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It's an inlay a bit bigger then a Legal sized sheet of paper. It's made out of Stainless Steel and Bronze. Not sure about coatings or oils. It's the Bronze rings from the Ring Lord. Yes the egg yolk was in a sealed container with the item I'm trying to tranish. It wasn't mashed into the rings but it was broken up in to small pieces.

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hmm... The egg yolk trick may not work with a piece that size. There's just not that much sulfur in the eggs I'd be willing to believe. If you add more, it may work better, but I'm also hesitant to say that it might result in a very uneven tarnish. You're probably better off with a wash. With a large chunk of metal, have you considered trying just spraying it with salt water, leaving it out in the sun, and repeating a few dozen times? After it tarnishes, you can always wash off the salt and excess tarnish.

OOOOOR.... if you live by a highway or busy road, leave it somewhere nearby, and let the car exhaust hit it. A funny thing about city life is that it causes metals to tarnish quicker due to the pollutants in the air.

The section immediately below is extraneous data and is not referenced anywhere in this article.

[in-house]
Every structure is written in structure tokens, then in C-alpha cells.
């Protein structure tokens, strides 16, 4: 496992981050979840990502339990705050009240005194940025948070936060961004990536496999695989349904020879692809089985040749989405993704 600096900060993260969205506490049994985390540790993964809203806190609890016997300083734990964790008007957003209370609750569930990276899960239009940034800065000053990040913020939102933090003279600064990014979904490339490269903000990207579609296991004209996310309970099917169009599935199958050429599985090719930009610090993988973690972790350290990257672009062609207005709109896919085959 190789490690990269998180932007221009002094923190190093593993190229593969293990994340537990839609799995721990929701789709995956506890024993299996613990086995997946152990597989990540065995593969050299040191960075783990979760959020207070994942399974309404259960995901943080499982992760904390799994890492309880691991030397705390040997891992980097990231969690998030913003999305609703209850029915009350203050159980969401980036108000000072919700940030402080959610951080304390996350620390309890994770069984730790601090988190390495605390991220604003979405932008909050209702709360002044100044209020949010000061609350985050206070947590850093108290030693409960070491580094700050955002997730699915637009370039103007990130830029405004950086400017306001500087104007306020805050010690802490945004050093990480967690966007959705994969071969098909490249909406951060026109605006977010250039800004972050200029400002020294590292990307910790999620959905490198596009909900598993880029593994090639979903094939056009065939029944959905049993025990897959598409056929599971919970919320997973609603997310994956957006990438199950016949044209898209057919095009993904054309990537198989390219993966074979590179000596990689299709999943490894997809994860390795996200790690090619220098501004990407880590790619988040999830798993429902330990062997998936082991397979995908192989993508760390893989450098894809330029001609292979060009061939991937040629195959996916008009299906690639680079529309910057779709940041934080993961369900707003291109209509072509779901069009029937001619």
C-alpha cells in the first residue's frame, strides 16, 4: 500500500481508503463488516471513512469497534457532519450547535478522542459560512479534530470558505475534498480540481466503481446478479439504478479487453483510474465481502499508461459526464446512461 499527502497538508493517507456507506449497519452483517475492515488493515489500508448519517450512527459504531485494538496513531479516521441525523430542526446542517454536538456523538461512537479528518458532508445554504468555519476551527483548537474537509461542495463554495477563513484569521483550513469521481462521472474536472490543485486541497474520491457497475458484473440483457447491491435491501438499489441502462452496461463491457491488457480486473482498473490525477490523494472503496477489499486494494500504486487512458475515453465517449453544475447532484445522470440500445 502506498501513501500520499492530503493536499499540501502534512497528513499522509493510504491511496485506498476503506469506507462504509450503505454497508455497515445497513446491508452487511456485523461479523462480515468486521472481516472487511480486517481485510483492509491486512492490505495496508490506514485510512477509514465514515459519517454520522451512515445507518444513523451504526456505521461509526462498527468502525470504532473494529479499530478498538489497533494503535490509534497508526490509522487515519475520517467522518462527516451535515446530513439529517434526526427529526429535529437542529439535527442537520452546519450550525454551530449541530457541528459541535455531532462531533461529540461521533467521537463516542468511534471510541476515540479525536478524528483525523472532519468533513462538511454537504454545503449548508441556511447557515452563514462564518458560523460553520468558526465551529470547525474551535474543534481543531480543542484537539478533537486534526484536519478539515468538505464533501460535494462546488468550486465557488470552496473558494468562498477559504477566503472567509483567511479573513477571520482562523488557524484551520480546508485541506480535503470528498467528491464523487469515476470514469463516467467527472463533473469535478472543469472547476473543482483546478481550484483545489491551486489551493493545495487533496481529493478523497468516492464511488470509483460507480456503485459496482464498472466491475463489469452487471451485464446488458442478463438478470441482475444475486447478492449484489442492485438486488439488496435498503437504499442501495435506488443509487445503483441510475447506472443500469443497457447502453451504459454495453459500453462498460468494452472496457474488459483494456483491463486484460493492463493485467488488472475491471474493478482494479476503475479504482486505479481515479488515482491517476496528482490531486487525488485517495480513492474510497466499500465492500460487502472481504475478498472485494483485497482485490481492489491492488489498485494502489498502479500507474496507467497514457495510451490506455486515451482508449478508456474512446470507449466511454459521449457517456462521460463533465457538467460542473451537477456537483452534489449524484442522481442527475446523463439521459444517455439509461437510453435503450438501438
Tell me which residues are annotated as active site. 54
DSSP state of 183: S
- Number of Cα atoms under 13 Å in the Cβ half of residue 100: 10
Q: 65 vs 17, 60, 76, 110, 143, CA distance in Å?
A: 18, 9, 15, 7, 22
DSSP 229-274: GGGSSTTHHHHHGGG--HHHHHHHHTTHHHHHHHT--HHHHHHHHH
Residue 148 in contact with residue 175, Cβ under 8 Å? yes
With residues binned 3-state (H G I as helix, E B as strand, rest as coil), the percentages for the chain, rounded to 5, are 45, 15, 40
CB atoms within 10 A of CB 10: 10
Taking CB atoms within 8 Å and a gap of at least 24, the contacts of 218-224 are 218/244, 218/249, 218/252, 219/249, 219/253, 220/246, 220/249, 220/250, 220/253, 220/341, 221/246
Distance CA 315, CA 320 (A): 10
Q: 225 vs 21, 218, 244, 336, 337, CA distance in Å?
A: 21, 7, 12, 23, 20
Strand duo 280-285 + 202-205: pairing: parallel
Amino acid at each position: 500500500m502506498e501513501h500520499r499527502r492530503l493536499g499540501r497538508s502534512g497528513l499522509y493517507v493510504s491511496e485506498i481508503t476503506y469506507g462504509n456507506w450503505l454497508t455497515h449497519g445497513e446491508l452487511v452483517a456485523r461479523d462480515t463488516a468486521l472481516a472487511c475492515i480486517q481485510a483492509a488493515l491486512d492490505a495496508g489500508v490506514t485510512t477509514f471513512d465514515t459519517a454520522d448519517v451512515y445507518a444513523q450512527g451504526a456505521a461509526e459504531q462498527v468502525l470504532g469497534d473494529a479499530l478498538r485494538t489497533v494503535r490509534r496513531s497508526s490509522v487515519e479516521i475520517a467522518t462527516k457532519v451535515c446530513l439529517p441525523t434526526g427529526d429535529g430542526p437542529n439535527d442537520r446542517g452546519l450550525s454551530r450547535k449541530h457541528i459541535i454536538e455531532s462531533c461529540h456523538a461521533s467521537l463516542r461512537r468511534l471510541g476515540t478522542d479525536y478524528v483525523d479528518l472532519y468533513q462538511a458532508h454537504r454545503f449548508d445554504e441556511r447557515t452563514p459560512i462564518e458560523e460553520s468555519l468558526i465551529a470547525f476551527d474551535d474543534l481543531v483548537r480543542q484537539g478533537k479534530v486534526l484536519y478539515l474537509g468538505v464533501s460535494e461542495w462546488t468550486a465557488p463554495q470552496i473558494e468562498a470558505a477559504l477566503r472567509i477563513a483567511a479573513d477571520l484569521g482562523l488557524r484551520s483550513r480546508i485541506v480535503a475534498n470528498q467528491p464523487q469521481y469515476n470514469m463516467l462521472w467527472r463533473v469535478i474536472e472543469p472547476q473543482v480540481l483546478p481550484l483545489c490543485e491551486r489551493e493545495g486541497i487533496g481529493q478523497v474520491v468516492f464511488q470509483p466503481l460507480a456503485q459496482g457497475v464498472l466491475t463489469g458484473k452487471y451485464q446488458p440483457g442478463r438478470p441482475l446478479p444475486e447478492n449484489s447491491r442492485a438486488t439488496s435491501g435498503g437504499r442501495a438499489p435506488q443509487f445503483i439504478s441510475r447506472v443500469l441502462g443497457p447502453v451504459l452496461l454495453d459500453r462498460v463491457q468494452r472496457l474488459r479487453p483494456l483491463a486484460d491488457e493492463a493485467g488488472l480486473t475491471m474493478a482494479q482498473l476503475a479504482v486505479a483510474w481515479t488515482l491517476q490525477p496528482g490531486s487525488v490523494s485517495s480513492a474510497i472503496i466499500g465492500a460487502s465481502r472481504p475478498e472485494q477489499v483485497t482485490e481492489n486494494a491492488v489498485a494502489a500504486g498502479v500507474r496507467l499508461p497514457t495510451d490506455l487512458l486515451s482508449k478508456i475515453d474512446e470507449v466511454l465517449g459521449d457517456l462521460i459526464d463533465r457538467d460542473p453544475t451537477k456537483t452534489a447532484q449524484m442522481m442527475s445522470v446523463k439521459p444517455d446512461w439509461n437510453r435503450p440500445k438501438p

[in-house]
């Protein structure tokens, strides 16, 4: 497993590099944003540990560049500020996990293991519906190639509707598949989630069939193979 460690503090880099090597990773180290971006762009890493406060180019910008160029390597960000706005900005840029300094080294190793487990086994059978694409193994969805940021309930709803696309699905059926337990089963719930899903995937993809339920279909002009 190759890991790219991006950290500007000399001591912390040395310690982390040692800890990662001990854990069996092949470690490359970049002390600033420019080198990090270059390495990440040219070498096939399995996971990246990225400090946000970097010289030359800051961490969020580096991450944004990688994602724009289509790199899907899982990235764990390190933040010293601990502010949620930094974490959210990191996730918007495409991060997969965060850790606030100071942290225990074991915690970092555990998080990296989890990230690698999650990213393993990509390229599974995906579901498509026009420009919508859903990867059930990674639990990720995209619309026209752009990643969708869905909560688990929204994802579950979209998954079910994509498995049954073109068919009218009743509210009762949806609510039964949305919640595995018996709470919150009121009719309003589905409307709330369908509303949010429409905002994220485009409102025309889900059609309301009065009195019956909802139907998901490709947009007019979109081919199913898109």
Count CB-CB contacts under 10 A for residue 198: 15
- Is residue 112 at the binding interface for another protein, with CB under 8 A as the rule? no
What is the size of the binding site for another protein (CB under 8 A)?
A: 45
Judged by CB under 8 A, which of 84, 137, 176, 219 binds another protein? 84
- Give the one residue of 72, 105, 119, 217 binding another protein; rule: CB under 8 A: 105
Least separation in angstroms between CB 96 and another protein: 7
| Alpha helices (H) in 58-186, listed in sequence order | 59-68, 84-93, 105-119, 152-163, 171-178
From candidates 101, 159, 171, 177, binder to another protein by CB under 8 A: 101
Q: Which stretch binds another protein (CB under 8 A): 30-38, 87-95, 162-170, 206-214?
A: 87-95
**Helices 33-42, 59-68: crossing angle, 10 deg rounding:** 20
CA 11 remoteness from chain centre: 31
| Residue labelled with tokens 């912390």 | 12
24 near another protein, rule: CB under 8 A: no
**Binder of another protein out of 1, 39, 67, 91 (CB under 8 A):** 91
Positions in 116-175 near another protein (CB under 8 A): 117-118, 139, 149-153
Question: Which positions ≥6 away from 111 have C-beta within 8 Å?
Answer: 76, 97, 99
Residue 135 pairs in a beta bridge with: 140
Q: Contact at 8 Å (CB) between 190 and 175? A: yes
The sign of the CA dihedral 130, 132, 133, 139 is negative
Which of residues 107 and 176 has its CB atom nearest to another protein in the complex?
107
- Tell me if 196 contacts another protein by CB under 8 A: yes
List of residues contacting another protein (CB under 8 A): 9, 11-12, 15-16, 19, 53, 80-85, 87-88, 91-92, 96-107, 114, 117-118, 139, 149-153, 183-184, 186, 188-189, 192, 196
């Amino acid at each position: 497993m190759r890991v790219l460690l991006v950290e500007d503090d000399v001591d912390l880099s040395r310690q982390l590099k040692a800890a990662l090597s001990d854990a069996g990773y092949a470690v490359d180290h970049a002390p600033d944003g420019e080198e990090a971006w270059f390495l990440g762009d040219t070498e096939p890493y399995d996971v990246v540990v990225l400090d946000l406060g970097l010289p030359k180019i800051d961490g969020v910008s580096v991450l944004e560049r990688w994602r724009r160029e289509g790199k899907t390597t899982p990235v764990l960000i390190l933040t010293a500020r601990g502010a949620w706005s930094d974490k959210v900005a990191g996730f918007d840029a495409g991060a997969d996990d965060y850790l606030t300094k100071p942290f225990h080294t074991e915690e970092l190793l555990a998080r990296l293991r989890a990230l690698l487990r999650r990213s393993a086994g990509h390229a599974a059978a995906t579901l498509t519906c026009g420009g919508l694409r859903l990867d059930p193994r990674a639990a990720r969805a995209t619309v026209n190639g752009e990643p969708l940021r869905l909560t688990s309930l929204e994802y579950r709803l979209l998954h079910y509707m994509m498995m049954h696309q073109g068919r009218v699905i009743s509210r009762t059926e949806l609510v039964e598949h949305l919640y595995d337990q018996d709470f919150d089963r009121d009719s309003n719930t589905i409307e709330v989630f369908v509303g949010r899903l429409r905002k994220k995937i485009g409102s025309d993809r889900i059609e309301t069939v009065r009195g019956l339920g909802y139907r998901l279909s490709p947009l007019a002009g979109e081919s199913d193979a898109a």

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One main thing about the egg yolk method is that the yolk must not touch the metal. One needs to wrap the egg in a wet paper towel and put it in the sealed bag with the item. It is not contact with the yolk but the gas that is given off that tarnishes the metal. Putting the bag in a warm environment, like direct sunlight, will hasten the process.

Movak

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It's been a while - any luck?

If it doesn't age quickly on it's own just from wearing it's probably been blended with metals that are to slow this process - thus hampering your efforts to force it.